Palestinians protest in Gaza and Jerusalem, 1 killed

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Palestinian demonstrators take part in a protest at the Israel-Gaza border fence, east of Gaza City February 22, 2019. (Reuters)
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Palestinian Muslims attend Friday prayers close to the Golden Gate near Al-Aqsa mosque in Jerusalem's Old City February 22, 2019. (Reuters)
Updated 22 February 2019
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Palestinians protest in Gaza and Jerusalem, 1 killed

  • The Health Ministry said 15-year-old Youssef Al-Dayya died at a hospital shortly after he was hit with a gunshot in the chest
  • The ministry added that 30 protesters were wounded by Israeli live fire in the weekly Gaza march

JERUSALEM: Israeli gunfire killed a Palestinian teenager at a protest along the Gaza-Israel border fence, Gaza officials said Friday, as thousands in contested Jerusalem descended on a section of a flashpoint holy site that has been closed by Israeli court order for over a decade.
The Health Ministry said 15-year-old Youssef Al-Dayya died at a hospital shortly after he was hit with a gunshot in the chest. The circumstances of his death were not immediately known, but it occurred when thousands of Palestinians participated in protests along several sections of the frontier, with dozens approaching the heavily guarded barrier.
The ministry added that 30 protesters were wounded by Israeli live fire in the weekly Gaza march.
The protests in Gaza are mostly against the Israeli-Egyptian blockade of the Hamas-ruled territory. Citing security concerns, Israel and Egypt imposed tight restrictions on movements of people and goods in and out of Gaza after Hamas wrested control of the territory in 2007.
Hamas has arranged weekly demonstrations since last March to protest the blockade and demand the return of Palestinian refugees to land in what is now Israel.
Close to 190 Palestinians, mostly unarmed, have been killed by Israeli fire in the protests, and one Israeli soldier was killed by a Palestinian sniper last July.
Israel says it defends its frontier against breaches. Critics accuse Israel of employing excessive force against unarmed Palestinians.
In Jerusalem, the eastern part of which Palestinians claim as their future capital, protesters chanting "Allahu Akbar" streamed into a sealed-off area of Al-Aqsa Mosque during prayers Friday. Israeli police said the crowds that gathered dispersed peacefully after prayers.
Tension at the shrine has escalated in recent days. Similar protests turned into scuffles with police earlier this week. Anticipating unrest, police arrested 60 Palestinians overnight suspected of "causing disturbances" and "inciting violence."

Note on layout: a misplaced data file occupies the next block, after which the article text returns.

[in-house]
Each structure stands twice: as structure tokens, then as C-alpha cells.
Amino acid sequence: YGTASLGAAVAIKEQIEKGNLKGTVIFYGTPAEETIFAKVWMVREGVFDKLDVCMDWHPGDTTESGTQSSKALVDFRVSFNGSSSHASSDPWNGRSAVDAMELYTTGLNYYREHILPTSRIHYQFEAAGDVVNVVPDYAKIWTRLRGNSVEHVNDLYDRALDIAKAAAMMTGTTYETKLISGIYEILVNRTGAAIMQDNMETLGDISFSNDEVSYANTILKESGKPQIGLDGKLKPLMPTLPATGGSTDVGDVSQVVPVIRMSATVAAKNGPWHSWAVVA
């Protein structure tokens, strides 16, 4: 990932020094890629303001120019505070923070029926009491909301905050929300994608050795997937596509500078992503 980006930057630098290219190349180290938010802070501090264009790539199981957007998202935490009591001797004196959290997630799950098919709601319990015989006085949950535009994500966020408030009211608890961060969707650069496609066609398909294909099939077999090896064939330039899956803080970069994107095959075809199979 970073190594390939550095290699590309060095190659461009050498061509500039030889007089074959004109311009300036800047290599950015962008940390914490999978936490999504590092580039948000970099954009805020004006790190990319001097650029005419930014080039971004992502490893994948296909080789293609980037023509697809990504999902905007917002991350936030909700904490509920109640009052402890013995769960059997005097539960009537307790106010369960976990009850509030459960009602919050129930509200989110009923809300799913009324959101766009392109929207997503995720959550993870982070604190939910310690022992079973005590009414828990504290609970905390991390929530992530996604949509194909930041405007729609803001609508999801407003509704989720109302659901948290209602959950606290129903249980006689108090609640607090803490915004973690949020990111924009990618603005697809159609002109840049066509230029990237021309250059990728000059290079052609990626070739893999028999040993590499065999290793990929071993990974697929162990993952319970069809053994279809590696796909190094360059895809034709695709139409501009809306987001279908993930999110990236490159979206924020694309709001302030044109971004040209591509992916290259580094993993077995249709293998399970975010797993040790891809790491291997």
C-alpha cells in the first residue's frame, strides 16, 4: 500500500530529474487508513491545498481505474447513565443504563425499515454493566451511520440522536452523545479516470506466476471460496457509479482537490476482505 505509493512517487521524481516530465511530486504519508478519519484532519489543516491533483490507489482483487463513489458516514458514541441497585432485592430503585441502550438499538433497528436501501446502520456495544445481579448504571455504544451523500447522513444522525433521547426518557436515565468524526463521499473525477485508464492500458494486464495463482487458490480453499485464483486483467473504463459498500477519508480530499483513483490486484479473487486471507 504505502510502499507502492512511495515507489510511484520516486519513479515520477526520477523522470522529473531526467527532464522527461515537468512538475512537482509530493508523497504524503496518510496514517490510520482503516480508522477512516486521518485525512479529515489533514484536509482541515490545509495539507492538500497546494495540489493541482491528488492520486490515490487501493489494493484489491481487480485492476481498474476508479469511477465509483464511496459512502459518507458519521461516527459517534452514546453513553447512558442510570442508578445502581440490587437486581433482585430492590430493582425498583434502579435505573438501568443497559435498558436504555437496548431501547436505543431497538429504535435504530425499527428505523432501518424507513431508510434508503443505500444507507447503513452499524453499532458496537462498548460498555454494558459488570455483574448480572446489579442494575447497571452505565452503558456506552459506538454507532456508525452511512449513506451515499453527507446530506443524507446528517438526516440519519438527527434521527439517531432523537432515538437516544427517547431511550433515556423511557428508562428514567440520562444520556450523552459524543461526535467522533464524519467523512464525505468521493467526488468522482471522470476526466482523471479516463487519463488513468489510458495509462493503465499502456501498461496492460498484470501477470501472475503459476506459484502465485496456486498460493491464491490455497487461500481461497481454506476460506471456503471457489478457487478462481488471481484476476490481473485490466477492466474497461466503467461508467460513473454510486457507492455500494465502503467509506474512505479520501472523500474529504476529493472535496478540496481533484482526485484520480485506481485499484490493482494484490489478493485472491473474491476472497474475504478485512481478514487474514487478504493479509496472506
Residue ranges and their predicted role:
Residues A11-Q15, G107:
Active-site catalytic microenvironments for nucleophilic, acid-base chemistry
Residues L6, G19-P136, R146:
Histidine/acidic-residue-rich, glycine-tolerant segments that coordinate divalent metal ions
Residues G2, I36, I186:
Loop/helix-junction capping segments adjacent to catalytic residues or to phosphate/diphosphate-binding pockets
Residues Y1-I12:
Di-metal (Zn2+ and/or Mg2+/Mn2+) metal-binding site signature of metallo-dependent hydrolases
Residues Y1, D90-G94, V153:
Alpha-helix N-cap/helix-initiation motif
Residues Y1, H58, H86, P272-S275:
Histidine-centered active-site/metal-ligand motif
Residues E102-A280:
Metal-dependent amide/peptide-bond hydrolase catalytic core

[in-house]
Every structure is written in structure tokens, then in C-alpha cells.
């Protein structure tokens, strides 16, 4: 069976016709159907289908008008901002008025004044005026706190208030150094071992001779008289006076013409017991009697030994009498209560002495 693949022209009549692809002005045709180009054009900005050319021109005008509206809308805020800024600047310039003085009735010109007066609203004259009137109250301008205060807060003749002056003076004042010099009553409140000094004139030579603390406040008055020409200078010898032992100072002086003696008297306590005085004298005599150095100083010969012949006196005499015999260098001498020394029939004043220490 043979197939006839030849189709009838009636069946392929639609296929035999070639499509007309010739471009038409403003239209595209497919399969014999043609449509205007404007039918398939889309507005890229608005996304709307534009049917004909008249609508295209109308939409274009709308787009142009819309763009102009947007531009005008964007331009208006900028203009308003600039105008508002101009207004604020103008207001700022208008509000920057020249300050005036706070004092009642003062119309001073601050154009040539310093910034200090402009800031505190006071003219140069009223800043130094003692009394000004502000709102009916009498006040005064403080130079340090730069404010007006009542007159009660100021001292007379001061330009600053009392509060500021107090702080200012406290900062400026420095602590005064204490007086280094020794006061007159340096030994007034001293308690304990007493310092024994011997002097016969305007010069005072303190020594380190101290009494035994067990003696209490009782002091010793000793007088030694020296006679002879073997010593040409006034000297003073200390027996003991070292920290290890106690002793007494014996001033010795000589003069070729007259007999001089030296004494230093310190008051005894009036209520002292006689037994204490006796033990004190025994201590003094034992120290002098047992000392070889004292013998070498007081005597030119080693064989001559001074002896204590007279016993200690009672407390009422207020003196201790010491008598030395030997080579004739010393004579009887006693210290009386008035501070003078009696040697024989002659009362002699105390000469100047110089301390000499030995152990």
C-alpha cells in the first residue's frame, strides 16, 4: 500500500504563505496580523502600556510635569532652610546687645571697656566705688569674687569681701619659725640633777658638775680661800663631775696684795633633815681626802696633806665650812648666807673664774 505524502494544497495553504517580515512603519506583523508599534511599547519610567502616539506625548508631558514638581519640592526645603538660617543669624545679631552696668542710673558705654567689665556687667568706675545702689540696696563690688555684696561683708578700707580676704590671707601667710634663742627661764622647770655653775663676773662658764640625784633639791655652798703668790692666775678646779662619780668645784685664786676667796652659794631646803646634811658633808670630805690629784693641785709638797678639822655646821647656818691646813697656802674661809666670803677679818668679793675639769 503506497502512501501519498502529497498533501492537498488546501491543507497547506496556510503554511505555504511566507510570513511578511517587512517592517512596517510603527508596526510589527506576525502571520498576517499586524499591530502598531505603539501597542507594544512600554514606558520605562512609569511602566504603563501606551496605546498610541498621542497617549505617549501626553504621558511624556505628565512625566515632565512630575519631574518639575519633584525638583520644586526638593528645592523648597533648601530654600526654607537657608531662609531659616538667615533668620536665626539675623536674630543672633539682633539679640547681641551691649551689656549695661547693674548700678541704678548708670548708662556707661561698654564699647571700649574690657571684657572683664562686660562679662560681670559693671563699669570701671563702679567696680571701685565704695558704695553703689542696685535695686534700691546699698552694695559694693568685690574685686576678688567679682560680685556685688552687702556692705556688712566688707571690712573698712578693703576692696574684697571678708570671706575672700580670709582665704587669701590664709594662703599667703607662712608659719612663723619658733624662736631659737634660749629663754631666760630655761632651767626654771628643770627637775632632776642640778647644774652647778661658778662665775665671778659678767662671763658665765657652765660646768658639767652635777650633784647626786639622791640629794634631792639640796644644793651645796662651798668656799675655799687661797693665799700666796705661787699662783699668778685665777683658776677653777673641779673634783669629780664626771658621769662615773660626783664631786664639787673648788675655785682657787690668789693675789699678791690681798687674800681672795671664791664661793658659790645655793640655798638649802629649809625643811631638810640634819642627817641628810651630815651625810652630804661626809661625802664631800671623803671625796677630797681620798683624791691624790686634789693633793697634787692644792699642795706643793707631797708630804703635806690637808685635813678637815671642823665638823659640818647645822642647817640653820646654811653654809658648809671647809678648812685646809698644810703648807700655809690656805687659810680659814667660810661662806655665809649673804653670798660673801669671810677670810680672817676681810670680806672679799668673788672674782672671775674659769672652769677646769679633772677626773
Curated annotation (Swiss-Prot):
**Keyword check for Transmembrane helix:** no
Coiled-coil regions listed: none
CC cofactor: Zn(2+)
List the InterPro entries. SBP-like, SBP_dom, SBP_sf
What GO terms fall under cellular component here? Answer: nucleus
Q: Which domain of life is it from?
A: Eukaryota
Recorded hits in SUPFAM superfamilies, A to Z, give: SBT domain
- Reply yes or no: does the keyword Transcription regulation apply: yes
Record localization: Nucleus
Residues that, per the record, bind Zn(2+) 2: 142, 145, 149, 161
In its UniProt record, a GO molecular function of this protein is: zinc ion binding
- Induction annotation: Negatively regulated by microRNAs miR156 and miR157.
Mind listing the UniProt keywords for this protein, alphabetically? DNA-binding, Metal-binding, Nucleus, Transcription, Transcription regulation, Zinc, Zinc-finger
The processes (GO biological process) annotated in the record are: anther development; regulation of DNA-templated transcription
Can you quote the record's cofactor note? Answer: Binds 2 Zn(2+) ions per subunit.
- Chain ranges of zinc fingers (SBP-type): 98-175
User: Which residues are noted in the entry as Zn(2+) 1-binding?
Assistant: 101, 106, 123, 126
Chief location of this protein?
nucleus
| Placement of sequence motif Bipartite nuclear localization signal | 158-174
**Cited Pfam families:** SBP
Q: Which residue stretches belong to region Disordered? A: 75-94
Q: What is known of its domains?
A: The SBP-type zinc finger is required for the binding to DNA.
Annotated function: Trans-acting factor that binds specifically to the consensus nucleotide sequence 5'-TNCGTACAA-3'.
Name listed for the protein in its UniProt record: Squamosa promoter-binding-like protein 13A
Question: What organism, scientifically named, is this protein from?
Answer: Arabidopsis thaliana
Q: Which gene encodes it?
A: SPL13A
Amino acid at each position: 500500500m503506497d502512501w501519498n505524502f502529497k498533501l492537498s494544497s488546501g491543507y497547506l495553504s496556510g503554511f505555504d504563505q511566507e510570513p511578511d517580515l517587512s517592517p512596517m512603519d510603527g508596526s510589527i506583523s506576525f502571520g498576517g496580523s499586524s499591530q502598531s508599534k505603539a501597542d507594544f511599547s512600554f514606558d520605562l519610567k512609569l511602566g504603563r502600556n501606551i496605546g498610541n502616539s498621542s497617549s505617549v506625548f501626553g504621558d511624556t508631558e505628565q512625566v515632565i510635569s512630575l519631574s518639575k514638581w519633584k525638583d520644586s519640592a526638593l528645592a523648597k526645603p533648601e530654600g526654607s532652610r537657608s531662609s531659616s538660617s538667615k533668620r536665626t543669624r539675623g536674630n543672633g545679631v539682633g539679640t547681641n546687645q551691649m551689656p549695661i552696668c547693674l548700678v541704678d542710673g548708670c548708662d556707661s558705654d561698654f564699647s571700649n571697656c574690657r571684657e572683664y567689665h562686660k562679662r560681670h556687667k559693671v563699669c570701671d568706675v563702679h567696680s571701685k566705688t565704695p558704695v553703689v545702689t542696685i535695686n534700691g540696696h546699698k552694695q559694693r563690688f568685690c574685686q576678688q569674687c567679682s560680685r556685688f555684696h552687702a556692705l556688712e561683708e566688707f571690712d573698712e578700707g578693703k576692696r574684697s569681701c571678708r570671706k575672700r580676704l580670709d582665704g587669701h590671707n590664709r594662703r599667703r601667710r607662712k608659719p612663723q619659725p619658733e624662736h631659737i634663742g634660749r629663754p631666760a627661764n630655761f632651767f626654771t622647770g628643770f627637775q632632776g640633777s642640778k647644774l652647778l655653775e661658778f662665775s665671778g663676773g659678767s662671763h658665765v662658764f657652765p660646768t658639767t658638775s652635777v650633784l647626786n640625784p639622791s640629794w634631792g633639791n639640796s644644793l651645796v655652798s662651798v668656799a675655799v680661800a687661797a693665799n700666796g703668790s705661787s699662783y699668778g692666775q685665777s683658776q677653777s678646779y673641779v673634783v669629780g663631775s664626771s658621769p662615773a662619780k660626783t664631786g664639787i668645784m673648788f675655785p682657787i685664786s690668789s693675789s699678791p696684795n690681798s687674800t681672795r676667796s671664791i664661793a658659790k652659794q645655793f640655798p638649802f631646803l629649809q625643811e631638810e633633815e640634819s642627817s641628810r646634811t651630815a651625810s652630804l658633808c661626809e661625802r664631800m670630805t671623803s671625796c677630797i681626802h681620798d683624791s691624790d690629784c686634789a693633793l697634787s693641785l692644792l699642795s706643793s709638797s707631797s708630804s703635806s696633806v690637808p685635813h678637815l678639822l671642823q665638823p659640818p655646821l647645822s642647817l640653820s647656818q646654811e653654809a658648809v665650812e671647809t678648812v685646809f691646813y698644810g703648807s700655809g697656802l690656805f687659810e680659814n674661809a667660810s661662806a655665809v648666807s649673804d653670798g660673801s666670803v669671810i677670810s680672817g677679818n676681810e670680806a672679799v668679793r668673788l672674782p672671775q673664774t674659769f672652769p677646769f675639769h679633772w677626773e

Israel blocked off a structure near the mosque, known as the "Gate of Mercy," in 2003 because it was home to a heritage organization allegedly connected with a militant group. Israeli police accused the Waqf, the Islamic authority that oversees the compound, of attempting to "change the status quo" at the sensitive site by convening in the closed area last week.
The contested site, revered by Jews as the Temple Mount and by Muslims as the Noble Sanctuary, is at the heart of the Israeli-Palestinian conflict.

 


Arab anger over ‘theft of occupied Golan Heights’

Updated 26 March 2019
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Arab anger over ‘theft of occupied Golan Heights’

  • Israel seized part of the Golan during the 1967 Six-Day War, subsequently annexing it in 1981
  • US President Trump officially recognized Israel's sovereignty of the Golan Heights on March 25, 2019

JEDDAH: Arab states on Monday condemned US President Donald Trump’s recognition of the occupied Golan Heights as Israeli territory.

The decision “does not change the area’s status” as illegally occupied territory, Arab League Secretary-General Ahmed Aboul Gheit said.

Breaking decades of international consensus, Trump signed a proclamation at the White House on Monday recognizing Israeli sovereignty over the border area that Israel seized from Syria in 1967. 

Syria said the decision was a blatant attack on its sovereignty. 

“Trump does not have the right or the legal authority to legitimize the occupation,” a Foreign Ministry spokesman said.

Opposition chief Nasr Al-Hariri said Trump’s decision would “lead to more violence and instability, and it will have negative effects on efforts to engineer peace in the region.”

Lebanon said the move “violates all the rules of international law” and “undermines any effort to reach a just peace.”

“The Golan Heights are Syrian Arab land, no decision can change this, and no country can revisit history by transferring ownership of land from one country to another,” the Foreign Ministry said.